The Danish Girl: not transgender enough

Guy Birchall

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Some trans activists are upset about the casting of Eddie Redmayne in the upcoming film The Danish Girl. The film tells the story of Danish transgender woman Lili Elbe, one of the first people to undergo sex-reassignment surgery.

You might imagine that trans-activist circles would be thrilled to hear that Elbe’s story is being given such a platform, making more people aware of her struggles. But you would be wrong. Trans activists are in uproar because Redmayne is a ‘cis-male’ and the character he portrays is a ‘trans-woman’. We’re still waiting to hear what the Danes think of him not actually being Danish, but I’m sure they’re fuming, too.

This reaction demonstrates a total misunderstanding of what acting is – that is, portraying someone or something you are not. This is the essence of the profession. What’s more, you’ll notice there is never this kind of outrage when a ‘cis-man’ plays a ‘cis-woman’. It is only when the character in question is transgender that there is any kind of outcry. I don’t recall any offence-taking when Rupert Everett played Miss Fritton in St Trinian’s (even though there should have been offence taken at how bad that movie was).

Redmayne and the film’s director, Tom Hooper, have been as politically correct as possible in their comments to the press. In an interview with the Telegraph, a gushing Redmayne said, ‘there are so many brilliant trans actresses, and I’m sure there are many who could play this part sensationally’. However, you can’t help but think what Redmayne was really thinking was ‘this could get me an Oscar, so sod them’.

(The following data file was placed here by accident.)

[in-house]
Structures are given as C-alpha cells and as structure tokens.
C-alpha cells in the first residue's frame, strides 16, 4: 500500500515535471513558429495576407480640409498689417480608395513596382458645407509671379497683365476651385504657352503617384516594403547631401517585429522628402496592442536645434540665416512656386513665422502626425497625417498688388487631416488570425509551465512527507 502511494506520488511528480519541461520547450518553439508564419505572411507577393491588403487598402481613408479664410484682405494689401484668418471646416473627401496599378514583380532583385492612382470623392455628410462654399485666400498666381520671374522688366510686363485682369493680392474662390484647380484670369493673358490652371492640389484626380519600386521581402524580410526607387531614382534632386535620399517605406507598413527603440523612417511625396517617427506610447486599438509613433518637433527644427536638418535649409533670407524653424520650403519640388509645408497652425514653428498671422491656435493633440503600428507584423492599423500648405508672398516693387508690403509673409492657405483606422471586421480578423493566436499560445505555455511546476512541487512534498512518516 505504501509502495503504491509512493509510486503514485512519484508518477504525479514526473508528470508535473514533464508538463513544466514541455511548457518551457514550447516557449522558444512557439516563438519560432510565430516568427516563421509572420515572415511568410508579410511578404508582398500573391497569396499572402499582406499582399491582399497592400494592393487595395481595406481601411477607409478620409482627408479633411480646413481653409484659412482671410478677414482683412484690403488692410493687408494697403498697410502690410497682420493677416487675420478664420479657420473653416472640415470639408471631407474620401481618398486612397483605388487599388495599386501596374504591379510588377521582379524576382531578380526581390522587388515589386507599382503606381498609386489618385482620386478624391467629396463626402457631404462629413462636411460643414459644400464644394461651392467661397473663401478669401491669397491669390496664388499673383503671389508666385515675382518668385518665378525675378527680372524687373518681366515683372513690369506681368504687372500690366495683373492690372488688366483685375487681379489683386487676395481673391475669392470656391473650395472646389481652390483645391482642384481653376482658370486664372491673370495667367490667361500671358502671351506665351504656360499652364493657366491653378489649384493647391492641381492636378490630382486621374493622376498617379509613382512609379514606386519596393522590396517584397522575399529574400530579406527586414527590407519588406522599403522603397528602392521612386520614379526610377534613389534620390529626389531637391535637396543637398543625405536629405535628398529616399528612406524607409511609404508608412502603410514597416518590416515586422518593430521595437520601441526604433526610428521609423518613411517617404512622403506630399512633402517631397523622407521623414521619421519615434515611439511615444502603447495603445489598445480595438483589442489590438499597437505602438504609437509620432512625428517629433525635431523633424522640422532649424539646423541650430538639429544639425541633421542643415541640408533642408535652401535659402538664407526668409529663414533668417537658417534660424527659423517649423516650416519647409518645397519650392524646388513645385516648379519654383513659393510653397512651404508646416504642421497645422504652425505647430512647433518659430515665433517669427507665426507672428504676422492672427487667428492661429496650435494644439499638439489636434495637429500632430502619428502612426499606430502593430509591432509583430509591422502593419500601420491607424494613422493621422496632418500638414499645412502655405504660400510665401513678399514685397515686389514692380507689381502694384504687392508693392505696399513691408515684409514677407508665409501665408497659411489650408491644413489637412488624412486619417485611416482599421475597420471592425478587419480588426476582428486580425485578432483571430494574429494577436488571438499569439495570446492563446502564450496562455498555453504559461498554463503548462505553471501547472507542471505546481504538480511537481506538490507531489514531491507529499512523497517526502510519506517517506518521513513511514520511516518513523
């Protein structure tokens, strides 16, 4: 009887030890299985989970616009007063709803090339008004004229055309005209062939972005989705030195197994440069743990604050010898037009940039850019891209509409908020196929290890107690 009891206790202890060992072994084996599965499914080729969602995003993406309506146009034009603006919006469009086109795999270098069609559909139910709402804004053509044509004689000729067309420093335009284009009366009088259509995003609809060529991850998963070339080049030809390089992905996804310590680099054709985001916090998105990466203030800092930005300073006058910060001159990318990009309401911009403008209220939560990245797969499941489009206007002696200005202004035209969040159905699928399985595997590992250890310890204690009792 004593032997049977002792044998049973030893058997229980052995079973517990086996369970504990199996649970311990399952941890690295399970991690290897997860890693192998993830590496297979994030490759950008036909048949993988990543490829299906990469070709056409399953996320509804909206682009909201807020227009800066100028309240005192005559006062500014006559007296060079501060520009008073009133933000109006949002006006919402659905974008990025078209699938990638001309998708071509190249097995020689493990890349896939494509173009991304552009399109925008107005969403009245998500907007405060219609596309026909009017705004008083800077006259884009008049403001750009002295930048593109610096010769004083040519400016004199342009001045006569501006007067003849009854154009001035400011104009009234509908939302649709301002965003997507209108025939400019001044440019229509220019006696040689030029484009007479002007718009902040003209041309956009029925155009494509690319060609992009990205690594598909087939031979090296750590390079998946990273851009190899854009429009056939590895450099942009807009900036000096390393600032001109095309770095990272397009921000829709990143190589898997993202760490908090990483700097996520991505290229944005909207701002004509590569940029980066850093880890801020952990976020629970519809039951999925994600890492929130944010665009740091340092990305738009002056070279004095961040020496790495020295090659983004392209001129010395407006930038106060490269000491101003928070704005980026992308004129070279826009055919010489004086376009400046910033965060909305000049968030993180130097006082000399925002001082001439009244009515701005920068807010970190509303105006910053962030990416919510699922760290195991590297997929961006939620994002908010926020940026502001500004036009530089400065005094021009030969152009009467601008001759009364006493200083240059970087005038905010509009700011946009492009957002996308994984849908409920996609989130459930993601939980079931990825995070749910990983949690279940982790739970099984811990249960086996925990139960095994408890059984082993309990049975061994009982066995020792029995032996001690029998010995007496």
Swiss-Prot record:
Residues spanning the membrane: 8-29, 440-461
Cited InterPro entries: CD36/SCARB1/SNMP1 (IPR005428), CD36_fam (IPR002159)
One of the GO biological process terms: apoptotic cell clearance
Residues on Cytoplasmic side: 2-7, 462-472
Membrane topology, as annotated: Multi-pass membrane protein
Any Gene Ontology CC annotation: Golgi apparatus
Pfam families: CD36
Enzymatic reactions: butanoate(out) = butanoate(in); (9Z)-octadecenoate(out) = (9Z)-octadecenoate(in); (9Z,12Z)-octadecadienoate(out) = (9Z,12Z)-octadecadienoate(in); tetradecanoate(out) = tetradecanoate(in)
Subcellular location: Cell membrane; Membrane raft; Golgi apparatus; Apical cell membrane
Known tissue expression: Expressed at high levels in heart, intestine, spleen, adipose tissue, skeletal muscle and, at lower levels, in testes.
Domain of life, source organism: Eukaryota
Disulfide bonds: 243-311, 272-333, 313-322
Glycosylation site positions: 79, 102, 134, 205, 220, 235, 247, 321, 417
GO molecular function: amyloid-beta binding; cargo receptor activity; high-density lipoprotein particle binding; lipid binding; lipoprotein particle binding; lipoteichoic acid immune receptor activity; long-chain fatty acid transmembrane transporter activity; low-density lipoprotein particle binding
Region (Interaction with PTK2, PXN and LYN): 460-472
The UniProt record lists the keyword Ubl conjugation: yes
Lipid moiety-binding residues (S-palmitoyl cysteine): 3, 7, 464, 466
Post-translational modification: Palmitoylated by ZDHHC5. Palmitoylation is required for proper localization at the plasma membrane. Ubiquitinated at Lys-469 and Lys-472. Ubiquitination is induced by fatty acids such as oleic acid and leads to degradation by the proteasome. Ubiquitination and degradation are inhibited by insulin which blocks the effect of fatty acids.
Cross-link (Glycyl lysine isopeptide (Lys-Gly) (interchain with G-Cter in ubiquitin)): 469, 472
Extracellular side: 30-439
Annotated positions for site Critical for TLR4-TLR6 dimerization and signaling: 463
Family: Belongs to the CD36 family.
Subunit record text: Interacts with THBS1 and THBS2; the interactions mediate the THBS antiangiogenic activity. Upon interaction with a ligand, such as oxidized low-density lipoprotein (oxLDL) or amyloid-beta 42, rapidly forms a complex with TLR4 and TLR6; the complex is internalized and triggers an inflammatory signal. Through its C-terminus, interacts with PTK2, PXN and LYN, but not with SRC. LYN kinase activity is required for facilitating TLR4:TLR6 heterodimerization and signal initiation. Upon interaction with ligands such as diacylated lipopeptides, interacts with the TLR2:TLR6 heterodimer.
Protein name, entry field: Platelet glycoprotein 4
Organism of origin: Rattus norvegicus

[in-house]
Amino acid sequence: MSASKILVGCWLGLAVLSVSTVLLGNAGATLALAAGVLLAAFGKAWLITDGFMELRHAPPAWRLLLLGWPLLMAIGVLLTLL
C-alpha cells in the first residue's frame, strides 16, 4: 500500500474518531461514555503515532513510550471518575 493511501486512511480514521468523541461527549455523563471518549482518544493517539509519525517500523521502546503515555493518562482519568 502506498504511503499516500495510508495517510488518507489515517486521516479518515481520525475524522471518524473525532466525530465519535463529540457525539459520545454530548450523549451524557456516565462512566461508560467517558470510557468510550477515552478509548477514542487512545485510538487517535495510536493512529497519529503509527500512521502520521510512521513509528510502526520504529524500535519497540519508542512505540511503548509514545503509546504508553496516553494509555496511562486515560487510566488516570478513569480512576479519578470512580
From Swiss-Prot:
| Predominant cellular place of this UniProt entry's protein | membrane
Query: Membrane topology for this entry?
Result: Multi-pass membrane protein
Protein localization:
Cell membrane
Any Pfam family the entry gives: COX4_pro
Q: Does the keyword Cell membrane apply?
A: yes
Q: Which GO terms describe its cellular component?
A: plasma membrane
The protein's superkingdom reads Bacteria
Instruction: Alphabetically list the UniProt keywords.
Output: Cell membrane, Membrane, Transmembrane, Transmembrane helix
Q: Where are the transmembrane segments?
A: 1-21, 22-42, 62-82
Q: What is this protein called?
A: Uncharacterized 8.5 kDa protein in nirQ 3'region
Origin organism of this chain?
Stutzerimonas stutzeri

Regardless of what he says or believes, the fact that Redmayne is not transgender does not mean he cannot portray a transgender person, any more than the fact that he is not gay would prevent him from portraying a gay person. What matters is how well he can play the role and how good the film is – not how well it fits in with the latest political fashion.

Having watched the trailer, the film looks like it adequately complies with the compulsory view of transgenderism in the post-‘Call Me Caitlyn’ world. All the focus looks to be on how brave Lili Elbe was, and I’m sure the film will damningly portray all critics of her fatal surgery as evil (which would have been most of the planet in the 1930s).

Increasingly, critics seem to put the identity politics of a film, and its casting, before the quality of the film itself. The obsession with Redmayne’s gender is not dissimilar to the accusations of racism levelled at anyone who suggests Idris Elba shouldn’t be the next James Bond. Somewhere along the way, we’ve forgotten that the job of a film is to entertain its audience, not ensure the latest political fashion is adequately reflected on screen.

Guy Birchall is a writer based in Stoke.

Watch the trailer for The Danish Girl:

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